Important Links: Here are three recommended links relating to Golden Gate Park.
David Gardner has created a great resource for exploring the park visually on the web at
lightight.com/GGP/GGPmain.html.
SFgate has a good facility list which appears to be kept up to date at
sfgate.com/traveler/guide/sf/neighborhoods/ggpark.shtml.
The S.F. Parks and Rec website has an updated list of phone numbers if any of the ones appearing here fall out of date. It is at
parks.sfgov.org/site/recpark_page.asp?17796.

DeYoung Museum: The original DeYoung Museum building stood since the 1894 Midwinter Exposition. The new building opened October 15, 2005 and contrasts the mediterranean and egyptian themes of the old building with a new modernist concept designed by an innovative german firm. The building itself is intended to be a work of postmodern art and features and earthquake themedwork by Andy Goldworthy in the entry foyer. Access more information at  famsf.org/deyoung/.

Academy of Sciences: Main 415.379.8000. Web: calacademy.org.
Located at 55 Music Concourse, the Academy was re-opened in 2008 after a complete rebuilding with some of the most modern architectural concepts available today. This cutting edge building has some truly awesome features, including a "living roof" built into shapes which mimic hills and planted with a carpet of native plants, a 15' deep recreation of a living Philippine coral reef which displays itself from two levels and uses special lamps which re-create the essential features of natural sunlight, a living re-creation of a portion of tropical rainforest which contains its own humidity and live tropical butterflies flying amidst the plants and spectators up a 30' spiral walkway which circumnavigates the terrarium, and a completely re-built all digital planetarium dome which is like an I-MAX experience X 3. The high entry cost has not stopped the new museum from being absolutely packed with tourists from day one, eager to see this wonderous investment in the cutting edge of architecture and science.

Strybing Arboretum: The gardens are open daily, 365 days a year. Weekdays 8am to 4:30pm. Weekends & holidays 10am to 5pm. The library and bookstore - open daily 10am to 4pm but closed on major holidays. Free guided walks are given daily at 1:30PM. Contact 415.661.1316. Web: strybing.org.

Conservatory of Flowers: The Conservatory reopened after four years of renovation in September 2003. The spectacular new structure now also includes live tropical Heliconid (angelwing) butterflies flying around in the west wing. Admission is $5 adult, $3 for 12-17, 65+ and students, $1.50 5-11, FREE 1-4 and FREE the first Tueday of each month. Hours Tue-Sun 9a-4:30p. Contact 415.666.7001. Web: conservatoryofflowers.org.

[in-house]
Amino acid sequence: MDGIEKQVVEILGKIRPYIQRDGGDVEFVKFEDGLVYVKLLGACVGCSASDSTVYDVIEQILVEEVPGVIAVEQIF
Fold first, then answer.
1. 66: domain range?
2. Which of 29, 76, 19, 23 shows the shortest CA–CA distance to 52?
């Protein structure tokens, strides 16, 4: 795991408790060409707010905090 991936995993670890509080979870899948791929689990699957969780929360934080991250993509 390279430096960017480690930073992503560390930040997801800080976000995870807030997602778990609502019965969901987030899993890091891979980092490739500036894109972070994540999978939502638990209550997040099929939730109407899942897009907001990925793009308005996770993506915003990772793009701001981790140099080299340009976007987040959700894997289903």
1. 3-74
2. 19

The following history comes from S.F. city archives: [The Conservatory of Flowers in Golden Gate Park is one of the most magnificent examples of Victorian architectural design in the world. This building, listed as a San Francisco Landmark, a California Landmark, and a National Register Landmark, has served as a working greenhouse for the Recreation and Park Department since 1878, housing an extensive collection of rare and endangered plants.
The wood and glass Conservatory has survived 117 years of heat and high humidity, and, in recent years, limited maintenance. As a result, much of the wooden skeleton is rotted, and the glazing around the glass panes has become brittle and loose. The Conservatory has undergone piecemeal restoration in 1958, 1966, 1978 and 1982. The late winter storms of February 1995 and the recent storms of December 1995 have destroyed major sections of the dome room of the greenhouse and approximately 15% of the plant collection. Most of the sensitive plant material that remains has been moved to the wings or to off-site greenhouse storage. There are a few extremely rare plants that were planted in the 1880s that cannot be moved and have been gravely affected by the cold weather.
Opened in 1878, the Conservatory of Flowers is the oldest building in Golden Gate Park and the oldest public greenhouse in California. A glass and wood construction of Victorian design, its 12,000 square feet include a central dome room and flanking wings, similar in appearance to Kew Gardens in London.]1

Asian Art Museum:  Completed in 1966 as a wing of the M.H. De Young Museum, based on the massive Avery Brundage Collection donation in 1959 which represents about 65% of the museums holdings (7,800 pieces of priceless Asian Art).
The museum has been moved to 200 Larkin Street, 94102. Admission is $10 general. Hours are Tue-Sun 10a-5p, Thu 10a-9p. Contact 415.581.3500. Web:
asianart.org.

 
Japanese Tea Garden: Hours are daily 8:30a-5:30p. Admission is $3.50 adult, $1.25 for 6-12 and 65+. The last hour is free. Contact 415.752.4227. Teahouse is 10a-5:15p, 415.752.1171.
[One of the backers of the 1893 Midwinter Exposition was an Australian named George Turner Marsh. Before coming to San Francisco, Marsh had lived for many years in Japan, and his particular interest in the Exposition was the creation of a garden that would be an exact replica of the restfully simple yet imaginative landscaping he had seen and admired in Japan. In order to accomplish his garden, Marsh, who spoke Japanese fluently, imported materials and workmen directly from Japan. He received constant and highly enthusiastic advice from his good friend, John McLaren, San Francisco's late, legendary Park Superintendent. Known as "The Japanese Village," it was so unique and attractive a feature of the Exposition that the Park Commission continued maintaining and operating the tea garden after 1894.]1

The Beach Chalet: The historic Beach Chalet building located at the ocean features period murals, a fascinating scale model of Golden Gate Park, upscale restaurant and microbrew pub. It was built in 1921. 1000 Great Highway @ Ocean Beach In San Francisco. Reservations: 415.386.8439. Jazz jams Tuesdays at 6:30p. Web: beachchalet.com.